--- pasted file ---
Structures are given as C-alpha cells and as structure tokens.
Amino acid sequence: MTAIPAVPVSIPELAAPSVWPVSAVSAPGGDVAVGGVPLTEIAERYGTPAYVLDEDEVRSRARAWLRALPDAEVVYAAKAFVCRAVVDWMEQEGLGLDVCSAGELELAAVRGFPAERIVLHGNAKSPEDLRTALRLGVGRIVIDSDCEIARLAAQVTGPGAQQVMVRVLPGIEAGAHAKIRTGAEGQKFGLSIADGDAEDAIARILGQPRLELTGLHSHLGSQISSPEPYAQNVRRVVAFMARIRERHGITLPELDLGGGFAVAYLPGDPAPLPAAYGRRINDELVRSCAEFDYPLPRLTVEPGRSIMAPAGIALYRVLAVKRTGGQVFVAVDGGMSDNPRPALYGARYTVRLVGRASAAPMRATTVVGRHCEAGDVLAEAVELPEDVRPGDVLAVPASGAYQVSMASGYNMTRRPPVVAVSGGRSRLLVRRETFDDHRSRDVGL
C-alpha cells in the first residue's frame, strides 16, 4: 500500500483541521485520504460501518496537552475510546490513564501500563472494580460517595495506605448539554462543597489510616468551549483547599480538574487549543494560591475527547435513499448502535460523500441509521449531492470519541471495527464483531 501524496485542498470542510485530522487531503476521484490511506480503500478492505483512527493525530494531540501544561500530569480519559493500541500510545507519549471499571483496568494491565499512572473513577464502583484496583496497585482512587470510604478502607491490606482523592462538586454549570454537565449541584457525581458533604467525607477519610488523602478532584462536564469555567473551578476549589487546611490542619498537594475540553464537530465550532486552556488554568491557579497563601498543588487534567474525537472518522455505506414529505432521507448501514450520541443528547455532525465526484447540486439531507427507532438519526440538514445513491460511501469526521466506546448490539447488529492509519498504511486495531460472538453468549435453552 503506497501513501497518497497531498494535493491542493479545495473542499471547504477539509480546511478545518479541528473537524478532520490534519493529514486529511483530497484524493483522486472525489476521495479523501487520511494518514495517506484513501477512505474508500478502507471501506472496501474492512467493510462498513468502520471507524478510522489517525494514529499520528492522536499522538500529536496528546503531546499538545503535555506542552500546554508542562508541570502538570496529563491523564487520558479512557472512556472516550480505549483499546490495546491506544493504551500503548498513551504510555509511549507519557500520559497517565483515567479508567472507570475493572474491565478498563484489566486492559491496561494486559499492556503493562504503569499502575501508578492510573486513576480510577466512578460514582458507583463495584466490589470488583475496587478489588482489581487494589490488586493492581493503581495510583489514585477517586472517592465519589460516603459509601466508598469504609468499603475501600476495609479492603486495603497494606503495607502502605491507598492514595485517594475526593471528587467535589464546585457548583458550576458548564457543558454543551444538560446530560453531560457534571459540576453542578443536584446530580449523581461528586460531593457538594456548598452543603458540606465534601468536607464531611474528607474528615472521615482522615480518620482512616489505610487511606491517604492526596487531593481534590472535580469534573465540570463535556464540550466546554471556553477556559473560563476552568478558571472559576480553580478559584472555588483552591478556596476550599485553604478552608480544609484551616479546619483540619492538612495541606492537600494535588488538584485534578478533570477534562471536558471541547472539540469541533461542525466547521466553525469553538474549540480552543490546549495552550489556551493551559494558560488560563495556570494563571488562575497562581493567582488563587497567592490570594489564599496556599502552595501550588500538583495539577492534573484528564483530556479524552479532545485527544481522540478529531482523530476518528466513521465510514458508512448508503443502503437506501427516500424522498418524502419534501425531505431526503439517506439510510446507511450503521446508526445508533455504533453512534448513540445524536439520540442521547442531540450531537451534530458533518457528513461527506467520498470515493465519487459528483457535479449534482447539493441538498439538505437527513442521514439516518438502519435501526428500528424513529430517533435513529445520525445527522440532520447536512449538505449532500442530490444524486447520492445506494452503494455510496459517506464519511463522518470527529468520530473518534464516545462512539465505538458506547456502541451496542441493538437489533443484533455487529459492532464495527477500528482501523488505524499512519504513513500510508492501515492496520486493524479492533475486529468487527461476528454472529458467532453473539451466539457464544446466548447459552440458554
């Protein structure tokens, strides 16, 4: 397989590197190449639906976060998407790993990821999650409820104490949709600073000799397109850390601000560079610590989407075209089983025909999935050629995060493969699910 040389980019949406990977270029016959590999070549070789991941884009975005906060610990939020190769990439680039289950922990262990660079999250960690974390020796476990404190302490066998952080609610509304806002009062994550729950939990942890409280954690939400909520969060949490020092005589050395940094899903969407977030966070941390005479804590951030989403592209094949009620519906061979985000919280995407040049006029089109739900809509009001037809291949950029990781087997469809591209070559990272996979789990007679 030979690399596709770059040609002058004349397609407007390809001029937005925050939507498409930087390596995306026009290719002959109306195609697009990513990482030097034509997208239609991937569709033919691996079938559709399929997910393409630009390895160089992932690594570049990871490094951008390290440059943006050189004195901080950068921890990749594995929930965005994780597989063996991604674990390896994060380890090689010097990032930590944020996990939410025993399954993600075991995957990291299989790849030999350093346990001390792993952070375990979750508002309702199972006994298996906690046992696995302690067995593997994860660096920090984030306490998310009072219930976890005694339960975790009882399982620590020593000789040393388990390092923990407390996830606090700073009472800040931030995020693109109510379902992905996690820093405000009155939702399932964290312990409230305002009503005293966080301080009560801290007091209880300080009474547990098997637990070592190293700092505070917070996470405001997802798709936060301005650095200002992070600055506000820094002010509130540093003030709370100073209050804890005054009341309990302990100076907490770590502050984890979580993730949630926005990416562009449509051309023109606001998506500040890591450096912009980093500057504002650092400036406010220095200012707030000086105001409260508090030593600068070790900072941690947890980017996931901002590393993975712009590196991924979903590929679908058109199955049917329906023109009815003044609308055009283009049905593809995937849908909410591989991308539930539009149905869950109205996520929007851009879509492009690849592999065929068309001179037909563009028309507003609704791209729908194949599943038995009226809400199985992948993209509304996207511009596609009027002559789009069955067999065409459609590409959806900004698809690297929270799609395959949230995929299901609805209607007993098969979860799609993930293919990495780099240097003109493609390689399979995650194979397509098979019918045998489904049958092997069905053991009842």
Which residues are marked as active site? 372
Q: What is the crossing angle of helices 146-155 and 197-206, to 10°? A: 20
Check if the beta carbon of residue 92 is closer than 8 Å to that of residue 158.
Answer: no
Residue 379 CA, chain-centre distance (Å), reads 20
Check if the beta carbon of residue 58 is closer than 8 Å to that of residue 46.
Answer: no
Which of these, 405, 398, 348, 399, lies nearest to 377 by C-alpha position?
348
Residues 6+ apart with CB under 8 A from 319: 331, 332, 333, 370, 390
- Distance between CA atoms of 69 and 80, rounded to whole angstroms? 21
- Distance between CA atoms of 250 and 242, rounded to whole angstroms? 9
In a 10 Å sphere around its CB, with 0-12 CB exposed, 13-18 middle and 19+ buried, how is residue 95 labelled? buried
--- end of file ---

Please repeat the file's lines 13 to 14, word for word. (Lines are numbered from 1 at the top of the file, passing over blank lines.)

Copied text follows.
348
Residues 6+ apart with CB under 8 A from 319: 331, 332, 333, 370, 390